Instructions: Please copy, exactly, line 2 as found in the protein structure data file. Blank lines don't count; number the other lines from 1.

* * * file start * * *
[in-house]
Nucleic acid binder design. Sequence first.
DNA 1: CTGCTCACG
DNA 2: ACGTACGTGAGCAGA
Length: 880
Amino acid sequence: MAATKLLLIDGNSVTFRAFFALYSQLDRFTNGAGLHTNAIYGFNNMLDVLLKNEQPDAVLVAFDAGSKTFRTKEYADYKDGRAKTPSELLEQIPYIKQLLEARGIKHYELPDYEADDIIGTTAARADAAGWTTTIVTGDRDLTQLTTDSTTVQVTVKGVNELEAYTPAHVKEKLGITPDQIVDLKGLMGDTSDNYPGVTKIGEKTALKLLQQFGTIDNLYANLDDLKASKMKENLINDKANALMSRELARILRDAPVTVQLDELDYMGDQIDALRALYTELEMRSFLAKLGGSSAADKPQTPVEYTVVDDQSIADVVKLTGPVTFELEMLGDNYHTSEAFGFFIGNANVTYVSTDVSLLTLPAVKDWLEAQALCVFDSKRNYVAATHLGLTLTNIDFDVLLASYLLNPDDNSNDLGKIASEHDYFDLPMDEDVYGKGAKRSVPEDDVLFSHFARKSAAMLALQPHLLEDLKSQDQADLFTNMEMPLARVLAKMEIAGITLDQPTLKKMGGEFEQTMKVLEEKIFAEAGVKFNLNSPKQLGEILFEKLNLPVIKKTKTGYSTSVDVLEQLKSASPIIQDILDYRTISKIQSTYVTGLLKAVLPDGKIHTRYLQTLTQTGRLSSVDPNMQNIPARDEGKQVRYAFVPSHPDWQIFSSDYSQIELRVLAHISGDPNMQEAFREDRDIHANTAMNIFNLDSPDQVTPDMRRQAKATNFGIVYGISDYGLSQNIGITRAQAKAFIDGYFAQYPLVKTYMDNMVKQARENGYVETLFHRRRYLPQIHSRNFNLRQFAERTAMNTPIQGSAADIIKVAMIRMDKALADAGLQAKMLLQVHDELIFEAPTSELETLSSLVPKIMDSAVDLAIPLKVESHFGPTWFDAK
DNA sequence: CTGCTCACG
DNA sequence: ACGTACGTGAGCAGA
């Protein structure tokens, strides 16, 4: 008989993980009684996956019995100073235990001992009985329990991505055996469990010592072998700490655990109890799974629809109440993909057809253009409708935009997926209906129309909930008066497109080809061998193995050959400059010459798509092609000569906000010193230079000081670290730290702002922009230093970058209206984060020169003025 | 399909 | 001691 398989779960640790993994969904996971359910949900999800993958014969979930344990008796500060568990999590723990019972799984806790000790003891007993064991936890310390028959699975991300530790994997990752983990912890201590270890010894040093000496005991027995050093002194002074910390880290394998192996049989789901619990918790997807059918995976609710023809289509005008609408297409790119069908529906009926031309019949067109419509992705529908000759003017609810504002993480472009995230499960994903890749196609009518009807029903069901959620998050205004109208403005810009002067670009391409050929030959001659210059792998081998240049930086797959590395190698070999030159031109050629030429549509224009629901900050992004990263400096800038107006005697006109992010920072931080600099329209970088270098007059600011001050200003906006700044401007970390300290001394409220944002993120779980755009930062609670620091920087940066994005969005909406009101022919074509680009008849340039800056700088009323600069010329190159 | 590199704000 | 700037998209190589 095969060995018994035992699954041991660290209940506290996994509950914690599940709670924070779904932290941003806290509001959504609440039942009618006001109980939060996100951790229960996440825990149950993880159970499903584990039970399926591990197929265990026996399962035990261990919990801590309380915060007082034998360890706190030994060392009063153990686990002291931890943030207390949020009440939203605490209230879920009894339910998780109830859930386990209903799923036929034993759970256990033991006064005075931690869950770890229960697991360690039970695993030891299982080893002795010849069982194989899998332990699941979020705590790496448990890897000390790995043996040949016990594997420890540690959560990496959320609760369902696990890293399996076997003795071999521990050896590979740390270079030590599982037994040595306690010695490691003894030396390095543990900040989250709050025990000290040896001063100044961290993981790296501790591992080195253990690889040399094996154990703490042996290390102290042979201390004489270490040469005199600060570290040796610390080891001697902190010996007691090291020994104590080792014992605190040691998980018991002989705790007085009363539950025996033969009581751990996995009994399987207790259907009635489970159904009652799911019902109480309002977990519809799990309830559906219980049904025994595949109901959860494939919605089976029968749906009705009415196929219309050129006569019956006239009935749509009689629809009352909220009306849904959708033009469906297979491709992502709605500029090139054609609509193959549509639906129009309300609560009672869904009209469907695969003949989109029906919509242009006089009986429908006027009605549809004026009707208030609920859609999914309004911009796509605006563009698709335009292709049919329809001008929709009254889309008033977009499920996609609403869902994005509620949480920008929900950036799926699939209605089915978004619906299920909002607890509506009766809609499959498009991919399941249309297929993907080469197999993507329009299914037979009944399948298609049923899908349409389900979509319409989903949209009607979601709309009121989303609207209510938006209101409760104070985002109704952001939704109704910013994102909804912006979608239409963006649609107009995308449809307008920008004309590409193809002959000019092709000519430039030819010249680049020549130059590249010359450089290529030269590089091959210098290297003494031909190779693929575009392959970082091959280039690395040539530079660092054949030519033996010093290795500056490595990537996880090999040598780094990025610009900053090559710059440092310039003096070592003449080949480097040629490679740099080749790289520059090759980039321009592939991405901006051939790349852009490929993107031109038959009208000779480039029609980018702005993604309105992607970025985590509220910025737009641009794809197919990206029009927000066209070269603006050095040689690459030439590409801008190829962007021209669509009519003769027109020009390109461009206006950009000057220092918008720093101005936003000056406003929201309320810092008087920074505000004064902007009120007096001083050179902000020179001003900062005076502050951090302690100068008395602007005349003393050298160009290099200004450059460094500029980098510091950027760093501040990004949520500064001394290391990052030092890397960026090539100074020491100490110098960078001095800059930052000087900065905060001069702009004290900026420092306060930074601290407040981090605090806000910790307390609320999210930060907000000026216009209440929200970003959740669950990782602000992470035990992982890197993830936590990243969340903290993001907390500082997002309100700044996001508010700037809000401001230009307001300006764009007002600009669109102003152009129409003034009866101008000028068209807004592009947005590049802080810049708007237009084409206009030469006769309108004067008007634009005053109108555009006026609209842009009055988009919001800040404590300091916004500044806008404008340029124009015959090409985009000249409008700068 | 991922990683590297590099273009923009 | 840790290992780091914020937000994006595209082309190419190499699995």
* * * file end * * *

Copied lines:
Nucleic acid binder design. Sequence first.